Guinea-Bissau ranks 177th out of 189 in the United Nations Human Development Index, and two-thirds of the population live on less than $2 (1.8 euros) a day.
Experts argue the 1.8 million populations also have to contend with a political elite that has systematically looted the country’s wealth.
Latin American drug runners have capitalised on chronic instability to implant themselves, using Guinea-Bissau as a transit point to Europe. Senior military and government figures have been implicated in the trade.
“There is corruption in every ministry,” student Wazu Sambu, 24, told AFP before the vote, calling graft the “first cause” of the country’s problems.
Electoral frontrunners such as Vaz and Pereira promised to tackle corruption during the election campaign.
Vaz came to power in 2014 on hopes that he would restore normality after a coup two years prior.
But his presidency has been overshadowed by the paralysing conflict with the PAIGC, which has its roots in the fight to end Portuguese rule.
The crisis began in 2015 when Vaz sacked then prime minister Pereira after a falling-out, triggering a stand-off that has lasted ever since.
The PAIGC won parliamentary elections in March.
In October Vaz sacked another prime minister, which sparked fears of a return to violence when he refused to step down.
The Economic Community of West African States, which has a small peacekeeping force in Guinea-Bissau, condemned the sacking and warned of “risks of civil war”.
Vaz is now running as an independent after being expelled from the PAIGC.
Neighbouring countries fear the political deadlock could continue after the election if a non-PAIGC candidate wins, which would set him on a collision course with parliament.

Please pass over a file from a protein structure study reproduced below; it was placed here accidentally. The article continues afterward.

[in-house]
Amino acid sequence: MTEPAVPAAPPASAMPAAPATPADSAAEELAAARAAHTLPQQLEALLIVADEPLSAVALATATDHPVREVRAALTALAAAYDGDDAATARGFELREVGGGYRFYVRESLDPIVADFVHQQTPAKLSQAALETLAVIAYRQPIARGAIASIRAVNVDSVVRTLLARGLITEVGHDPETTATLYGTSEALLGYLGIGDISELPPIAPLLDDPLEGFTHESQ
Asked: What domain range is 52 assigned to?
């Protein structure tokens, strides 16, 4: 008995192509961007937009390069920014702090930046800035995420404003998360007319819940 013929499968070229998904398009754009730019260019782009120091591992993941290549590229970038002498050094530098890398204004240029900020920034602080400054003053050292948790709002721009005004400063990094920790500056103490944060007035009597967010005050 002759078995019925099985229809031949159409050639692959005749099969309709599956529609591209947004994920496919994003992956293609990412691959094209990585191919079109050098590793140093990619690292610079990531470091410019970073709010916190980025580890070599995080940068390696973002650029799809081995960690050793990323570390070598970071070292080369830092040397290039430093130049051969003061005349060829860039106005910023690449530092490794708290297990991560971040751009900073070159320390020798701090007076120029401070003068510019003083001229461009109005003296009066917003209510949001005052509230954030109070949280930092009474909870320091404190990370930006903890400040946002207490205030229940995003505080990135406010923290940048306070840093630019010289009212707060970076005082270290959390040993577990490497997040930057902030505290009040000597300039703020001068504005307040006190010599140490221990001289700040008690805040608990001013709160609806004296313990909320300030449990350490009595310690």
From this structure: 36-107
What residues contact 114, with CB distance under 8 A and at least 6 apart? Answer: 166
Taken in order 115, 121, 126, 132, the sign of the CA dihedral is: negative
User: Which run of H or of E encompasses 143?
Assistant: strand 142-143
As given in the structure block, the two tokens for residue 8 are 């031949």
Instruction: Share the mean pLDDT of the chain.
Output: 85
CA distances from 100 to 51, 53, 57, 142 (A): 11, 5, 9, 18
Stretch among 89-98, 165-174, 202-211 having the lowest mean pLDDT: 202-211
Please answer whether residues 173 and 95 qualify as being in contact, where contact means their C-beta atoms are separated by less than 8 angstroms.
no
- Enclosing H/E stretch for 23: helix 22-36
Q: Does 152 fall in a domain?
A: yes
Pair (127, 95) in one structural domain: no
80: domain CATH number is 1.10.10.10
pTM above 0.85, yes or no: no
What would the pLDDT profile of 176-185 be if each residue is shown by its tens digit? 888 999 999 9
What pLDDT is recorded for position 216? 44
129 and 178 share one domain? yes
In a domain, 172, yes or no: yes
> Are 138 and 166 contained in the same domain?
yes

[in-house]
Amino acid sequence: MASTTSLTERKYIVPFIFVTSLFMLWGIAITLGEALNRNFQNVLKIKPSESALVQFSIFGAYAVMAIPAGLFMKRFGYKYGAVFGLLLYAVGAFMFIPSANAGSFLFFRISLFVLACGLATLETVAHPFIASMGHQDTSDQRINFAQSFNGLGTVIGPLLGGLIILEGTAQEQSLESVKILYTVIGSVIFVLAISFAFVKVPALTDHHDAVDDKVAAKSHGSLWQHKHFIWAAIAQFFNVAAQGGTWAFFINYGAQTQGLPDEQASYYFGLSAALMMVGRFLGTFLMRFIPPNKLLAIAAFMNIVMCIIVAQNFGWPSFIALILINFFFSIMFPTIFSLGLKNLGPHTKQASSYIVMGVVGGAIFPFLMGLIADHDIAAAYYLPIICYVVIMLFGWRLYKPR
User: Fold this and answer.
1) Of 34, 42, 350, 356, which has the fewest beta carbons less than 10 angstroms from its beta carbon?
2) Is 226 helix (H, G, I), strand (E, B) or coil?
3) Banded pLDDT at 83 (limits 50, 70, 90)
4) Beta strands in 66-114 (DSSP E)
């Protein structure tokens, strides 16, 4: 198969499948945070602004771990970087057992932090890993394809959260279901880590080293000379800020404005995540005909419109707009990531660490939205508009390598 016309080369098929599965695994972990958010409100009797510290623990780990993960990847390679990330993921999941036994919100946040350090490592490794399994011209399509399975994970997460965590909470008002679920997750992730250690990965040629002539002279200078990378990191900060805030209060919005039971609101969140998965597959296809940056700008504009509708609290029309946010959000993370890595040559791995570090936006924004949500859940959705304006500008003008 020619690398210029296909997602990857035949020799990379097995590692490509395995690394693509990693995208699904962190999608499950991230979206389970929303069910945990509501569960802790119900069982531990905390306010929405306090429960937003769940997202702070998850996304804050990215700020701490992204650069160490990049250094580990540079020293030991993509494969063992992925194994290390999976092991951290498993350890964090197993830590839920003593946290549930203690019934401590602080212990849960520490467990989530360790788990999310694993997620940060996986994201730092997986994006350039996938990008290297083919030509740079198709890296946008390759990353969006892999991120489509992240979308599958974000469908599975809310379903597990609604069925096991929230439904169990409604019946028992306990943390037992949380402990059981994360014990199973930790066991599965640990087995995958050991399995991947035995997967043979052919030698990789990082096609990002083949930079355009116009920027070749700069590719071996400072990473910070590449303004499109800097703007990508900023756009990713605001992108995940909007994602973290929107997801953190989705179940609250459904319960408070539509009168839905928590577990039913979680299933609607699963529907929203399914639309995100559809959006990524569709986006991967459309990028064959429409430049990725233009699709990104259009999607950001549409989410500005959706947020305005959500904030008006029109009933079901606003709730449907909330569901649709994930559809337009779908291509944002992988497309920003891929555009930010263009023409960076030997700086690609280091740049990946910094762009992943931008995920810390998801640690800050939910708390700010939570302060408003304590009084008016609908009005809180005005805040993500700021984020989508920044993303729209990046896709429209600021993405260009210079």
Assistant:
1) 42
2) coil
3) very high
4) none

An opposition supporter died Saturday as thousands clashed with police in an unauthorised rally in Guinée-Bissau, hospital sources and the victim’s family said.
Protesters staged the rally to demand a delay to a November 24 presidential election in order to allow an overhaul of the electoral register to limit potential voter fraud.
Demba Balde, 48, was in the offices of the opposition Party for Social Renovation (PRS), when “a cordon of police armed with clubs and grenade launchers prevented us from going out to join our friends in the street,” the victim’s brother Alimo Balde told AFP.
“There were scuffles and Demba was arrested by four police officers who beat him and sprayed him with (tear) gas. He fell, bloodied, and was struggling to breathe. We tried to bring him round but sadly he passed away before arrival at the hospital,” Alimo Balde said.
Several other people were injured when police fired tear gas to disperse marchers, an AFP correspondent reported.
The impoverished West African state’s Supreme Court said two weeks ago it had approved 12 candidates to contest the poll, including incumbent Jose Mario Vaz, who intends to stand again as an independent candidate.
Several candidates saw the court reject their bid to stand rejected but the international community has stated the electoral calendar should be respected.
Vaz, 62, became president in 2014 after elections billed as a new start for a country that had known only coups and turmoil since the end of Portuguese rule in 1974.
Barcelona’s 16-year-old starlet Ansu Fati was granted Spanish citizenship on Friday, a government spokeswoman said, meaning he will be able to represent Spain at international level.
Prime Minister Pedro Sanchez’s cabinet approved a request made by the justice minister to give the Guinea-Bissau-born forward Spanish citizenship during its weekly meeting, the spokeswoman said.